I really like Anthony Rizzo. His personal story as a cancer survivor is inspiring, and he does good charitable works in Chicago and his native Florida. He’s charming and funny and really good at baseball most of the time.
That said, Rizzo’s slide in yesterday’s game between the Chicago Cubs and the Pittsburgh Pirates was bad. Here, have a look:
I took a few screenshots as I watched the video. First, let’s start near the end. This is the exact moment when Pirates catcher Elias Diaz caught the ball with his foot on home plate (which will become important to my point in a few minutes):
Now let’s look at Rizzo’s path to home plate. Then we’ll dig into the rules:
Rizzo did what every big league base runner does on third base — he took his lead and secondary lead well into foul territory, so that if a batted ball hits him it will be a foul ball instead of an out. Once the ball is in play, though, he pulls back in and runs parallel to the base line, about a foot into foul territory. You can see in the above image that by the time he is 10-12 feet from third base, he is already running parallel to the line.
And there he is 20 feet later, still running parallel to the line. In fact, if you go to about the 0:35 mark of the video above, you can see a replay angle that shows Rizzo’s entire run, and he takes a full 10 steps running exactly parallel to the base line.
And then, suddenly, he is no longer running parallel to the line. Why? What could possibly have changed?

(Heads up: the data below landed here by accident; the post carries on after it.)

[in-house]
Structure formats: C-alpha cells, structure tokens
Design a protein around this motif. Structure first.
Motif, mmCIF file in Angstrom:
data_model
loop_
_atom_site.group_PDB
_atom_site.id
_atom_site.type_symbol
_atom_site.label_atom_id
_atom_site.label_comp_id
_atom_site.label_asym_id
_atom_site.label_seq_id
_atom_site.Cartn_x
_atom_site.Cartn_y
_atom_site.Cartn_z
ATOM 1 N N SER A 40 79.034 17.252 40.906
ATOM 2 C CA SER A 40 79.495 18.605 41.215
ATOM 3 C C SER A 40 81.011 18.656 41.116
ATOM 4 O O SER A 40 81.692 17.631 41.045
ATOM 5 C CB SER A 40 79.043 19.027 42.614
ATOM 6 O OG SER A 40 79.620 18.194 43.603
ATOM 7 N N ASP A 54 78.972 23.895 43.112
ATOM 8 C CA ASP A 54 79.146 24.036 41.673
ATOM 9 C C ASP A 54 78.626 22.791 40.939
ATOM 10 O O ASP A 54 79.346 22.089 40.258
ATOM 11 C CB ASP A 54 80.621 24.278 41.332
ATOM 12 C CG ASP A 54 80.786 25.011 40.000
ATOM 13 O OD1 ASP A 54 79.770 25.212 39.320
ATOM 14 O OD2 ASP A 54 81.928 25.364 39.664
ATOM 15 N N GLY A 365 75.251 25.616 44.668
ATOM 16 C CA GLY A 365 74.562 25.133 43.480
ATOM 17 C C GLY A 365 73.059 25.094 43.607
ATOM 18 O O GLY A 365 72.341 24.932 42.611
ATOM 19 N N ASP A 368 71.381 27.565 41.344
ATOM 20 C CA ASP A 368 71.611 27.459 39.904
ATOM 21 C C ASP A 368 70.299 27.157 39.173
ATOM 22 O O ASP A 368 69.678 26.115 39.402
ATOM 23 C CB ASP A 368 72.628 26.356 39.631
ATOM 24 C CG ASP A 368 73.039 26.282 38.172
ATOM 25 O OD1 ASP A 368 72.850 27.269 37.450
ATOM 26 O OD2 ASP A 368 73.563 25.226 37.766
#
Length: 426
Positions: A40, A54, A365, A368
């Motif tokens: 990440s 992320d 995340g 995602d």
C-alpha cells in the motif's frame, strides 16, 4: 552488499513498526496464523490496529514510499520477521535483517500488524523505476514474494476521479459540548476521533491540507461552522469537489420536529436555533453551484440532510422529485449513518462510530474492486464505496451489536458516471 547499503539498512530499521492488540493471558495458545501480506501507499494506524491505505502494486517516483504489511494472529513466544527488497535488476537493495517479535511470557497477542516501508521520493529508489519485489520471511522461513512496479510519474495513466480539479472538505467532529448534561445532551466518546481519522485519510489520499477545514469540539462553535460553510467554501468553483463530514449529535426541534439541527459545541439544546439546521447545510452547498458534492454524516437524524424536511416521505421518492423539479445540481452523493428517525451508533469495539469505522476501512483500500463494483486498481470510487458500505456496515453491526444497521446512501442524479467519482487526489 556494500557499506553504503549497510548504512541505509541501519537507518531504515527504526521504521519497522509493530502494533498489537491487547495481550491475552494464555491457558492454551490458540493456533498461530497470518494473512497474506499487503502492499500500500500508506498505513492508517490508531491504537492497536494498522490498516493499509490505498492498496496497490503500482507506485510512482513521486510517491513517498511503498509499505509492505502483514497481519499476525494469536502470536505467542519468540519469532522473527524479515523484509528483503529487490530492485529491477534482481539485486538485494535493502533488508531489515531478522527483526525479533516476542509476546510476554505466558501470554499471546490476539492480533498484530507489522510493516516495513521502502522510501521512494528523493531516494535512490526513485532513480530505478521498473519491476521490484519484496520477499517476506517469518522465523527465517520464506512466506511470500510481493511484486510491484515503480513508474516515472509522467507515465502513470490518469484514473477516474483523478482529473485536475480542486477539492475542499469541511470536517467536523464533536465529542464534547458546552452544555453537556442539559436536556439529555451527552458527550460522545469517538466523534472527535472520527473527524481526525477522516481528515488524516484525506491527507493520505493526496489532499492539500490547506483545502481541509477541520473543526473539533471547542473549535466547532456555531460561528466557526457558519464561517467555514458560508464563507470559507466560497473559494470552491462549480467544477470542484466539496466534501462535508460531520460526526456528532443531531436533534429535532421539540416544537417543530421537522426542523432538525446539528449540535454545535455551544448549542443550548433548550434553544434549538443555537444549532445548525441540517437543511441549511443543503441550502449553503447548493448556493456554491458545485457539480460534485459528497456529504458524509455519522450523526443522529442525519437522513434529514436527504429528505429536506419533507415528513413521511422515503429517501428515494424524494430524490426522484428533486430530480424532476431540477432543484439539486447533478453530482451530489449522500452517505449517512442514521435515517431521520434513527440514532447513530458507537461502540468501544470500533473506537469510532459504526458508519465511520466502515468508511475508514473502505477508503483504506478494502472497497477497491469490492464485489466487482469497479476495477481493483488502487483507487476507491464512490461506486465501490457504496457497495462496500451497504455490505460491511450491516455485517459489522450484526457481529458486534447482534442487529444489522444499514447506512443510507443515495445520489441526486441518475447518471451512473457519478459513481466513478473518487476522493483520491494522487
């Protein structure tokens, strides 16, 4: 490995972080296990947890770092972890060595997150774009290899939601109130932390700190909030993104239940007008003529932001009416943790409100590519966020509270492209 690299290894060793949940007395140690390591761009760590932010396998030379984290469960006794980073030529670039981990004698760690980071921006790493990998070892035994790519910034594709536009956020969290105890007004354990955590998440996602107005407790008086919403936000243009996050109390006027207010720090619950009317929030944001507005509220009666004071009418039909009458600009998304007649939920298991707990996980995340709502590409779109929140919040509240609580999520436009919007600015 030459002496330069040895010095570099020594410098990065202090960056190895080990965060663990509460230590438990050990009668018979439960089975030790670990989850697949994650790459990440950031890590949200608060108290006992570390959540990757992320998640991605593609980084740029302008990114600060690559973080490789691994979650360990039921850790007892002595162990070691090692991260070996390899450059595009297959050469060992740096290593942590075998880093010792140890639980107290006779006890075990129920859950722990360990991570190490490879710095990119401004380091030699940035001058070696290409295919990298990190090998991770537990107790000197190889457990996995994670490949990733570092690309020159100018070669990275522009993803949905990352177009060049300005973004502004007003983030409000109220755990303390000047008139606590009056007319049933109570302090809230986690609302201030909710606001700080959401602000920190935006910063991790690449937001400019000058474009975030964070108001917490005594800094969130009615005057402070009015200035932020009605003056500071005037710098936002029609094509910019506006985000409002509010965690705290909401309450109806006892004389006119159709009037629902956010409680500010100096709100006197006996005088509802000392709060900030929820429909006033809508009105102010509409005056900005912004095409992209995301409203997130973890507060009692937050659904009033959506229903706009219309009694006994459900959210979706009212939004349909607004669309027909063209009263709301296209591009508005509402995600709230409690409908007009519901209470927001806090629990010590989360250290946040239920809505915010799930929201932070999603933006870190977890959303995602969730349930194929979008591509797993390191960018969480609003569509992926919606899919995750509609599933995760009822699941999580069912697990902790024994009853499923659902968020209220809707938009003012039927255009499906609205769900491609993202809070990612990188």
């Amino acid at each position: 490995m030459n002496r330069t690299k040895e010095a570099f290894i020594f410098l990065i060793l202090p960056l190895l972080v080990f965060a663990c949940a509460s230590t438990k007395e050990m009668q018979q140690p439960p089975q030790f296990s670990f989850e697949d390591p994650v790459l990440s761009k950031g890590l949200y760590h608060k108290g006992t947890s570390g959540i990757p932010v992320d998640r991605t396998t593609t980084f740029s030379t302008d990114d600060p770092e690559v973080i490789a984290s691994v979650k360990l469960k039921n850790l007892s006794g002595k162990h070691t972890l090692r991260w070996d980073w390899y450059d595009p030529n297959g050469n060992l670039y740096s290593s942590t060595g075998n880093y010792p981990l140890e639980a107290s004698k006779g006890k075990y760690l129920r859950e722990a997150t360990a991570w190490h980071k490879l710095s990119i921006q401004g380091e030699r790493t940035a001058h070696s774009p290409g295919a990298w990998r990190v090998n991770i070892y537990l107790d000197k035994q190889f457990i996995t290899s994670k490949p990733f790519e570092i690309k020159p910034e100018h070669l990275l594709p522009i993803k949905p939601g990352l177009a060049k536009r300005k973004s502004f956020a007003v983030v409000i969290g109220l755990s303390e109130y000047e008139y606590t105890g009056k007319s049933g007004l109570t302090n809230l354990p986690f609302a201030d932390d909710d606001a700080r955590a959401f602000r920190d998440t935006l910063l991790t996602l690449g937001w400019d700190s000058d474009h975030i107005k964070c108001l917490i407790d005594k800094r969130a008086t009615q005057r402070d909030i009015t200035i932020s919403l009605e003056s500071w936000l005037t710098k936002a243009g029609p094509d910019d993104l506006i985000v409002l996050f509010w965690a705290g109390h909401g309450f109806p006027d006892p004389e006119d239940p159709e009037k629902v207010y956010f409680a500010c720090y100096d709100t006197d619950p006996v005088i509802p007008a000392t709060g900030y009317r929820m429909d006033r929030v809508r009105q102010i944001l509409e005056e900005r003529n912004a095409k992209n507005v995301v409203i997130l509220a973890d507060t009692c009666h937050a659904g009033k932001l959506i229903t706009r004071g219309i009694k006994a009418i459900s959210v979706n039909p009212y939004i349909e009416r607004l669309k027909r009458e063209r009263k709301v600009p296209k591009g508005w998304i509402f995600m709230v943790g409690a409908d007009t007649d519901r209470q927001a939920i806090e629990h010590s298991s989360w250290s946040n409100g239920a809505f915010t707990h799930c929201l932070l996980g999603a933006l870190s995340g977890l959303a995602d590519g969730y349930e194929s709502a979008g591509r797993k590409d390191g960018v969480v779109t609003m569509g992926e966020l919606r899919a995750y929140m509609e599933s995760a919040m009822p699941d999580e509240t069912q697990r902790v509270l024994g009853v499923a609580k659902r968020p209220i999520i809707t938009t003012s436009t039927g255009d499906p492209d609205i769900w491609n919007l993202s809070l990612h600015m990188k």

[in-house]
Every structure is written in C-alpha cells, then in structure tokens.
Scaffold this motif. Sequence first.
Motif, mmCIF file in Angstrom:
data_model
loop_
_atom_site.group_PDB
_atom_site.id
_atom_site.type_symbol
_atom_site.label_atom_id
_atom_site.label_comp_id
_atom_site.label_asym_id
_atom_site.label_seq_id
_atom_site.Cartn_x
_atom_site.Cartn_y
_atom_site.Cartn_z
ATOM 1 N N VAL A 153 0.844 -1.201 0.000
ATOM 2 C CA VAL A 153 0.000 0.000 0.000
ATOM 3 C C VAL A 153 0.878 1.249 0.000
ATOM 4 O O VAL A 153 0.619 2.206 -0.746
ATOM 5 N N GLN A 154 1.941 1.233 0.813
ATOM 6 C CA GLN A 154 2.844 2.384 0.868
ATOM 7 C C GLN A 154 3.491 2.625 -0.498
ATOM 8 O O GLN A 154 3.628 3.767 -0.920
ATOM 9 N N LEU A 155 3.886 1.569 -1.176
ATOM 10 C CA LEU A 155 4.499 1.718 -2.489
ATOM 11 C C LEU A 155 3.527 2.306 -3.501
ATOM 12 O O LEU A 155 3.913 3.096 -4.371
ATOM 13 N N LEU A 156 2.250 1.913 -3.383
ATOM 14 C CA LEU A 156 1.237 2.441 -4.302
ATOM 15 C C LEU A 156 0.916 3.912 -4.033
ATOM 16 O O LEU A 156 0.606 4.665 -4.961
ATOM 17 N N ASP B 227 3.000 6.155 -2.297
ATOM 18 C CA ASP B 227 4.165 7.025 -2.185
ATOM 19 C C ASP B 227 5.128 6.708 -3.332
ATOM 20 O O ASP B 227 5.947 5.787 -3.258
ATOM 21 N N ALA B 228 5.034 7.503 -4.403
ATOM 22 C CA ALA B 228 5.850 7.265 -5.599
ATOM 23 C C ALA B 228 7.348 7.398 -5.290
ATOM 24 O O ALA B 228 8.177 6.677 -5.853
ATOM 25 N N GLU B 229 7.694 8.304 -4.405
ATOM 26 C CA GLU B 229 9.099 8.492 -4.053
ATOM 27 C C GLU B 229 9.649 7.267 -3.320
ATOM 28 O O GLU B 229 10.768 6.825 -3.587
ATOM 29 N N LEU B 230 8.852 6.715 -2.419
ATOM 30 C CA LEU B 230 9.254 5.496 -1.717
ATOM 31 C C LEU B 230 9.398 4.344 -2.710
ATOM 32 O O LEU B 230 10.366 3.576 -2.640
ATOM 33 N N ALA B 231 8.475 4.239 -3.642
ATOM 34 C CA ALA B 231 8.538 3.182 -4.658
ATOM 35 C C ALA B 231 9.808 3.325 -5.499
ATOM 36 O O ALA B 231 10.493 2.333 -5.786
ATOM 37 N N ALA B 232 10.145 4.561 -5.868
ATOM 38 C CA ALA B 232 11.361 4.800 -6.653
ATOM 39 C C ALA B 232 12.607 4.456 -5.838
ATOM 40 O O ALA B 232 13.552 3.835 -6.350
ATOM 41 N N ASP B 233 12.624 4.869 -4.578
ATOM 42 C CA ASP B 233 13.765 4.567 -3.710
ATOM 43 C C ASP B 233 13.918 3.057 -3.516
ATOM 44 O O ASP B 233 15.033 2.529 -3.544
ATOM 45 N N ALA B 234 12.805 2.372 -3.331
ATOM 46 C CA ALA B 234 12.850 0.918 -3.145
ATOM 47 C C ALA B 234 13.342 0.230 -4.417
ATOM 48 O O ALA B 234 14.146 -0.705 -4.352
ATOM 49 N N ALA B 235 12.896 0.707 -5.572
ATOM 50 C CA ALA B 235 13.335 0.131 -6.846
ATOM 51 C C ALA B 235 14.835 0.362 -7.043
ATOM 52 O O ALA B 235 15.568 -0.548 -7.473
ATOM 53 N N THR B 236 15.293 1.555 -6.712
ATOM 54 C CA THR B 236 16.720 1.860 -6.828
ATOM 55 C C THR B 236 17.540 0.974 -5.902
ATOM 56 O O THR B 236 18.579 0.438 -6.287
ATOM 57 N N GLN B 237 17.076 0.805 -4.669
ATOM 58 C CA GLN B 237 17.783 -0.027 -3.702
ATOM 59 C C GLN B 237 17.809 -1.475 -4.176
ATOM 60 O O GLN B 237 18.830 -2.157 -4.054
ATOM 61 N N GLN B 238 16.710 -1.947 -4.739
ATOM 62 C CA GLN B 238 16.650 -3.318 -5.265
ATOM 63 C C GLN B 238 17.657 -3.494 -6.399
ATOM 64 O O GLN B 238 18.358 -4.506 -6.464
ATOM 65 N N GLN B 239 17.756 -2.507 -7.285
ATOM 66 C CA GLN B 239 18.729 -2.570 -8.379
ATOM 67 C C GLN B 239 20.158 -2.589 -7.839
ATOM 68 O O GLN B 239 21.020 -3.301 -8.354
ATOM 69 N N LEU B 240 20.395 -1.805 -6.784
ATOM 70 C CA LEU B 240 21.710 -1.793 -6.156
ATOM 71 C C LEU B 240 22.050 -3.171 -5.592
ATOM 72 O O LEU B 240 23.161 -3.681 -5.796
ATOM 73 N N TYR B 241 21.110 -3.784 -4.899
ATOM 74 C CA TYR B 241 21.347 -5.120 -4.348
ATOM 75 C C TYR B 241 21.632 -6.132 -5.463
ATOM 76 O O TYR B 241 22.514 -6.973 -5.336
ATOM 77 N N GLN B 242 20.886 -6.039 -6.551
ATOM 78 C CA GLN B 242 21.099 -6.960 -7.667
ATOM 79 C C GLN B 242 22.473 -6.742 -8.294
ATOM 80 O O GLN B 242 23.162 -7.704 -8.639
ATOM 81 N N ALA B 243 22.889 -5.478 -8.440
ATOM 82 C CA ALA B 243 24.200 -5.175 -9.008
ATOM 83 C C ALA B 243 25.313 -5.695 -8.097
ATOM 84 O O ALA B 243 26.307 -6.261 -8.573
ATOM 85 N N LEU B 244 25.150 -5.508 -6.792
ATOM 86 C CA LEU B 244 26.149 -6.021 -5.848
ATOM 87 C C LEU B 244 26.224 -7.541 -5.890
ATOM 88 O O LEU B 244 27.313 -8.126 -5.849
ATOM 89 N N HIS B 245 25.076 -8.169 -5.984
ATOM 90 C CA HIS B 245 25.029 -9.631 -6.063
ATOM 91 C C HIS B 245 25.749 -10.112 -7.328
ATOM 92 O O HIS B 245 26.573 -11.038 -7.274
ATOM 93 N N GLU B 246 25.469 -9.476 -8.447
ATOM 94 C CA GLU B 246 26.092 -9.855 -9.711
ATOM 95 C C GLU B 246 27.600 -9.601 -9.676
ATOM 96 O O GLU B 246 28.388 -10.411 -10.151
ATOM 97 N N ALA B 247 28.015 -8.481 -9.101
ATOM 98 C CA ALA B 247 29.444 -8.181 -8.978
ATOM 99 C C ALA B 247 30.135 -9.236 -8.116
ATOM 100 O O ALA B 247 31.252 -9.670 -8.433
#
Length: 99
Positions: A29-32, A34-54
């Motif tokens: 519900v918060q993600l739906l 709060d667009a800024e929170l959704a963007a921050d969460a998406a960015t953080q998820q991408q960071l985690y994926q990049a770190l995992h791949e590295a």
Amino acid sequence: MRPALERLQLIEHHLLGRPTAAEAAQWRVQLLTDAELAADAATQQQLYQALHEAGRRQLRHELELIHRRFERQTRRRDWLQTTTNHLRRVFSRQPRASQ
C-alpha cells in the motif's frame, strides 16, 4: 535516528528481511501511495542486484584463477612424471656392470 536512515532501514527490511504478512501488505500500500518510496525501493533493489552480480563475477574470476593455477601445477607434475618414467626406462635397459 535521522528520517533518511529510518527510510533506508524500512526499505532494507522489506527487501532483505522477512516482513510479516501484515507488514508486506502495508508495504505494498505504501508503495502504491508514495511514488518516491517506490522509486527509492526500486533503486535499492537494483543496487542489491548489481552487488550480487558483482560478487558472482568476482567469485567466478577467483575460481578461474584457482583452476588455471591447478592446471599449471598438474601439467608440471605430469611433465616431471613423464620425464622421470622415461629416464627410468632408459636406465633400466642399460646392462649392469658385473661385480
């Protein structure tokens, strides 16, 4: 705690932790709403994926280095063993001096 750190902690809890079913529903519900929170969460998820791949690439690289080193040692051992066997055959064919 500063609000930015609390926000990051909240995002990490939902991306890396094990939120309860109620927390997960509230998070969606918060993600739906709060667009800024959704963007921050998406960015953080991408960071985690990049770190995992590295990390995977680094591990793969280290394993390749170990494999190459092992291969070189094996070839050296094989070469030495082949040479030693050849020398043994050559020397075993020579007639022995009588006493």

Here, let me annotate that for you:
One last screenshot before we dig in:
So, here’s what we’ve established so far:
- Anthony Rizzo was running straight towards home plate.
- Rizzo was retired at the plate.
- Rizzo saw that Diaz was going to try to turn a double play.
- Rizzo stopped running towards home plate and instead ran towards Diaz.
- Rizzo slid directly into Diaz, letting his upper body flop across the plate after his lower body had taken out Diaz at the legs.
Pirates manager Clint Hurdle asked the umpires to review the play for a possible violation, and they did. In the end, they found no violation on Rizzo’s part, and the Cubs got a couple gift runs. Diaz remained in the game and avoided serious injury, although he was charged with a throwing error.
Cubs manager Joe Maddon yelled at the umpires for a while, too — after the game, he explained that he was mad that the umpires had the audacity to even consider that Rizzo’s slide might have been dirty or illegal.
“My baseball sensibilities are absolutely impacted in that,” said Maddon. “It’s a perfect play by Rizzo.”
“You gotta go in and break the double play up, so, uh, I mean, obviously I’m not trying to hurt anyone, and I’m happy that Diaz is alright. … It’s 100 percent in the rules, it’s not like I went in with my legs up, trying to crush his knee. I just went low, and I don’t really ever want to hit a guy in that scenario, it’s just, he didn’t really give me a choice.”
So we have a “perfect play” that is “100 percent in the rules” in which the catcher “didn’t really give me a choice.” Okay, let’s quote a couple other things:
“A runner attempting to score may not deviate from his direct pathway to the plate in order to initiate contact with the catcher (or other player covering home plate), or otherwise initiate an avoidable collision.”
A slide shall be deemed appropriate, in the case of a feet first slide, if the runner’s buttocks and legs should hit the ground before contact with the catcher.